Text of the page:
Despite their best intentions, a client ran afoul of a regulatory rule they were misinformed upon. They had to close their business down for a day, but they were soon up and running at 100%.
Though the problem had been resolved quickly, it immediately hit the newspaper. Whispers ran up and down the street, and people mocked the business online, citing the article as a concern for using our client in the future.
Of course, the client came to us and asked the obvious question: How do we respond to this?
A Multi-Tiered Attack
How you respond to a public incident will need to change depending on the circumstances, but here's a general framework on how to navigate the situation. Note: The below is not a perfect template for everyone. For a great primer on crisis navigation, check out Social Media Examiner's Social Media Marketing podcast episode "Crisis Planning: How to Publicly Respond to Business Problems."
1. Address it internally. The problem may be something you can address immediately. If so, take care of it. If not, write and start a plan that will correct the issue over time. This is crucial for Step 3.
2. Own up to your mistake. People already know about it. Whether you're a restaurant that left raw meat out on a counter or a construction company that didn't enforce hard hats, word gets around—and people are going to be upset about it. Admit that you made a mistake on your social media channels, your website (if you have an appropriate outlet to do so), and, if necessary, a press release. This shows honesty and integrity. Make sure you finish with an apology.
There's a bonus to owning up to your mistake in public: You get to control the conversation. Sure, the newspaper might say one thing, and customer reviews might say another. But on your own channels, you'll get to lay out the story exactly as it happened, and people will get to reply to that instead of attacking you on unfounded claims.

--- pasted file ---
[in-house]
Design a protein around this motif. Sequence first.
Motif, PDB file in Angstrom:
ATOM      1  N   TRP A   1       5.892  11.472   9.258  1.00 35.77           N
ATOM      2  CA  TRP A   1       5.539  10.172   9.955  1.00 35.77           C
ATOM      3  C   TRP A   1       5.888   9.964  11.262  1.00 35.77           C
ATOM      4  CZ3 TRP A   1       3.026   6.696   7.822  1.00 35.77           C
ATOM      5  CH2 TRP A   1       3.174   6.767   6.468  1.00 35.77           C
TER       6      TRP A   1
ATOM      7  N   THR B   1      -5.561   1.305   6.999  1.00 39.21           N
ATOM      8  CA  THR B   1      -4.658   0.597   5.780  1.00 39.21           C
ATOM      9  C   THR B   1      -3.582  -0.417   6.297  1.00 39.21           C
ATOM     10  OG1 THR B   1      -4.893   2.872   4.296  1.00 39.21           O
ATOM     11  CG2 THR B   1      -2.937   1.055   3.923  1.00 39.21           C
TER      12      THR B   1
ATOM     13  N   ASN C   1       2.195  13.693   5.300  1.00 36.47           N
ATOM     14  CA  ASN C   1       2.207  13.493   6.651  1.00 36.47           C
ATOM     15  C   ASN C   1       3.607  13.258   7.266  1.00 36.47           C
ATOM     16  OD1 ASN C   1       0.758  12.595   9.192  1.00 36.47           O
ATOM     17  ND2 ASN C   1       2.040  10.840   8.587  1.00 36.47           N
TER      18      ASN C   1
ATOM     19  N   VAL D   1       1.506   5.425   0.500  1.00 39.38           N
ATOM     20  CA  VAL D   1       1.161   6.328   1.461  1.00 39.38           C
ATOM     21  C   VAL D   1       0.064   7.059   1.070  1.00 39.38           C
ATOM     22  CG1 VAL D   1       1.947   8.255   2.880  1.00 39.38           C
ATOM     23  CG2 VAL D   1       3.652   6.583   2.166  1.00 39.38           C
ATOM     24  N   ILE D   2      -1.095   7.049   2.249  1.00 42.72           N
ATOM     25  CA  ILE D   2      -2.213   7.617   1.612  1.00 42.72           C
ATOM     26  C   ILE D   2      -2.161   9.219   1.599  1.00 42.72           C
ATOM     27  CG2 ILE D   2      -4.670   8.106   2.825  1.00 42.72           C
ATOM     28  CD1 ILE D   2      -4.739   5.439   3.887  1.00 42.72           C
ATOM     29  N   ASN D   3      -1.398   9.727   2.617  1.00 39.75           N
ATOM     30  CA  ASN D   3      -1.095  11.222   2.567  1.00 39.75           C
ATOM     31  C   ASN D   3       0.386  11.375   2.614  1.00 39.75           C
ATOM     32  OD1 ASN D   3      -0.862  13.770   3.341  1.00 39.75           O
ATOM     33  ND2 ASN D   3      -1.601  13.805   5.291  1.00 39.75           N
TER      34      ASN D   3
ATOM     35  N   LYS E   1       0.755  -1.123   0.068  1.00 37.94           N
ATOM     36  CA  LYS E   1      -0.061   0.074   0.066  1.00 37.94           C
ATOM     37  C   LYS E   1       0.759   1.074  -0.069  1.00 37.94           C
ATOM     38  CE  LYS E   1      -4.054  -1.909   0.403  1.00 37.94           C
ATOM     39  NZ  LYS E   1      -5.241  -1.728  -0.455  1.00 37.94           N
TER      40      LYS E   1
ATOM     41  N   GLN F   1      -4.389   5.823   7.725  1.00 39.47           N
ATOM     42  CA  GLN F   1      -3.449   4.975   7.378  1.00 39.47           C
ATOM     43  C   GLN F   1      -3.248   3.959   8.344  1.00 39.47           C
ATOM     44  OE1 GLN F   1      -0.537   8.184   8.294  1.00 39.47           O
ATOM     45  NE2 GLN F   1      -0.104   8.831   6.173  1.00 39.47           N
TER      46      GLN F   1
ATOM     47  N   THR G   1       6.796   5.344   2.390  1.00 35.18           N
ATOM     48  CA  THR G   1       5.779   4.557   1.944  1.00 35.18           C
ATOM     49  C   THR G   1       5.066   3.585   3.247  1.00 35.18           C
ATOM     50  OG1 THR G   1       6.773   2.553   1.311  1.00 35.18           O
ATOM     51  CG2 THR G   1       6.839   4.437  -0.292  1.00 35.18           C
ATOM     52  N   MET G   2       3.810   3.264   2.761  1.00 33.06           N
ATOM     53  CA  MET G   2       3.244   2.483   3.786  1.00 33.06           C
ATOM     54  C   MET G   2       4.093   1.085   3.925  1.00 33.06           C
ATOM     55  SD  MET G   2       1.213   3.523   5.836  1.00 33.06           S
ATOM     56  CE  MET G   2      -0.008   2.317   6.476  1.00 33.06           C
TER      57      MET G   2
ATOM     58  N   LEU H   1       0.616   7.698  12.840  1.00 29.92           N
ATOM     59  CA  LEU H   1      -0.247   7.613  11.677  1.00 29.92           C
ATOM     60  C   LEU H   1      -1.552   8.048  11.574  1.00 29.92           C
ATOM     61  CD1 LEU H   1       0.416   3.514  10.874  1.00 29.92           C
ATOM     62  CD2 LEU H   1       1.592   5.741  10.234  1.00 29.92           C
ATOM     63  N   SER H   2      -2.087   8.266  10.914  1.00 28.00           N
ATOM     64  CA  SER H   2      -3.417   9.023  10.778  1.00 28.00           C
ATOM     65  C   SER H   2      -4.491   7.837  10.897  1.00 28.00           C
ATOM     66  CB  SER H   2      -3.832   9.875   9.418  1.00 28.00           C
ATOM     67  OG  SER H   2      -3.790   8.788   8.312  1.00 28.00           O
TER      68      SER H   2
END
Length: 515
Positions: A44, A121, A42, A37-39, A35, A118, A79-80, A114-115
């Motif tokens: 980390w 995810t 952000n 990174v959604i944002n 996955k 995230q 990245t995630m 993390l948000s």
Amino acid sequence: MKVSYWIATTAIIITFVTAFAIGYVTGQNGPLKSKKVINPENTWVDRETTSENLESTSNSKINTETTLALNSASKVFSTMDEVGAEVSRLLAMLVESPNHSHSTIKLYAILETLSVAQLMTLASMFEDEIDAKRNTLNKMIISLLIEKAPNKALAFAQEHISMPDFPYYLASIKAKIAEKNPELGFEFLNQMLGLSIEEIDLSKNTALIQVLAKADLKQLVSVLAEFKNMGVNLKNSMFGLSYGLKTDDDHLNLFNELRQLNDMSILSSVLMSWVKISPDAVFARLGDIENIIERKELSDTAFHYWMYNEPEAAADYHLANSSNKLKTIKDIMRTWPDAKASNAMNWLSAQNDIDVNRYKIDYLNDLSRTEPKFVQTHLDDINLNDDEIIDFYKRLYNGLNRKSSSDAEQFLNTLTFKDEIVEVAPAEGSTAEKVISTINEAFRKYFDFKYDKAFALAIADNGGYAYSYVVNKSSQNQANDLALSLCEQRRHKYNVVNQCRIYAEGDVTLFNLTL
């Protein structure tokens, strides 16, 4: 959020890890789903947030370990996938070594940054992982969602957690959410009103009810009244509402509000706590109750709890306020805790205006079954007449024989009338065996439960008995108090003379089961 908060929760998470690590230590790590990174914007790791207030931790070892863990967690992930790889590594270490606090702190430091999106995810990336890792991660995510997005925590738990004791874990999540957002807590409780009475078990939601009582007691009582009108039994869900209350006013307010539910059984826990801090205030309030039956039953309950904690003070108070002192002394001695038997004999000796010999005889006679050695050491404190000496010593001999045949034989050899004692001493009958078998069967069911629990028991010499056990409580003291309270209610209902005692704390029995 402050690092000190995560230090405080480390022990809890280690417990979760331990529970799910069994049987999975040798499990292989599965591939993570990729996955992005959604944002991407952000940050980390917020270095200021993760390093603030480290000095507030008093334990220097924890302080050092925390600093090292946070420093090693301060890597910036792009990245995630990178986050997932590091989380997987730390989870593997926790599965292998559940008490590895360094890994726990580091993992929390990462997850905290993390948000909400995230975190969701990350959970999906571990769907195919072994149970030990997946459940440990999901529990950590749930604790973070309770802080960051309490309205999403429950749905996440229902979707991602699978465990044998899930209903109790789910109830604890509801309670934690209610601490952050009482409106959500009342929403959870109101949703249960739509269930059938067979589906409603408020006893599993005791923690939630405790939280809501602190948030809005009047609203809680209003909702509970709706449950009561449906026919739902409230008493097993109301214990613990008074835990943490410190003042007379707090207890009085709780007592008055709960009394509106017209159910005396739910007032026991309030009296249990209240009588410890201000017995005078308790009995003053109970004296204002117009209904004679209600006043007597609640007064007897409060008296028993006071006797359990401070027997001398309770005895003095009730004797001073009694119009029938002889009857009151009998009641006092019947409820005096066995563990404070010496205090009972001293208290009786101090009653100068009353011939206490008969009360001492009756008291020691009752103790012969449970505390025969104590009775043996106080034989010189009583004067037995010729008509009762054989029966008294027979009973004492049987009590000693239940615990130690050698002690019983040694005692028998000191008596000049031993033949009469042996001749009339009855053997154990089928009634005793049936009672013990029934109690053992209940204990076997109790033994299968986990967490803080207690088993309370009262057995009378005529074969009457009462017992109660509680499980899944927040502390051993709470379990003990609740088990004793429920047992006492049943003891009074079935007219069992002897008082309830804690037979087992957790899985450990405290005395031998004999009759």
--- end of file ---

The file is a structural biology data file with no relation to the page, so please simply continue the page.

3. Explain how you're going to fix it (or already did). Remember the solution you created in Step 1? Now's the time to explain it. Write out how the problem has been or will be resolved. Depending on the circumstances, you may even invite the public to make recommendations.
4. Monitor the conversation. Once you release your statement on social media, expect to see at least a few comments—and don't expect them to be rosy. You may want to assign one or two people to handle the first day of responses.
To ensure you're completely ready:
1. Train your respondents so they're fully aware of the facts and understand how much they can reveal.
2. Anticipate the potential questions and comments, and prepare a spreadsheet with boilerplate responses. Your company doesn't necessarily need to use the boilerplate language on every reply, but you should use it as a guide for appropriate responses.
3. You don't have to reply to every comment. Some people will bait you for a bigger fight. Use discretion to decide which comments warrant a reply, and which can be ignored. However, you shouldn't ignore a reply simply because it's difficult.
Not sure how to respond? Let's pretend Poetica Marketing is actually a steakhouse. In this example scenario, we underwent a health inspection and the inspector discovered raw meat sitting on a counter in the back of the kitchen. We received a citation, and the issue hit the local news. We've decided it's best to release a statement.
Here's our sample statement to hit the social media channels:
Dear friends and loyal patrons,
During a recent inspection, it was found that a cut of raw steak had been left out on a kitchen counter for an inappropriate amount of time. As one of our region's finest steakhouses, we realize this is a violation of both your trust and the standards we set for ourselves when we started this business. In addition to disposing of the meat and checking our refrigerator temperatures, we are now retraining all of our personnel on food safety and regulations. In addition, all employees, both current and future, will eventually become ServSafe Certified. We apologize to everyone in our great city, and we're working hard to ensure this never happens again.
-Your friends at Poetica Marketing
With today's news cycles, there's a very good chance your story will get buried very quickly (assuming nothing grave occurred), especially if you're a SMB. My client I mentioned at the top of this blog post? They dealt with comments for a couple days. But thanks to their continued outstanding customer service and excellent products, they were quickly able to make the bad news history.
You'll likely experience the same thing.
Need a hand with your online presence and public relations? Contact us today to learn how we can help you navigate even the trickiest PR issues.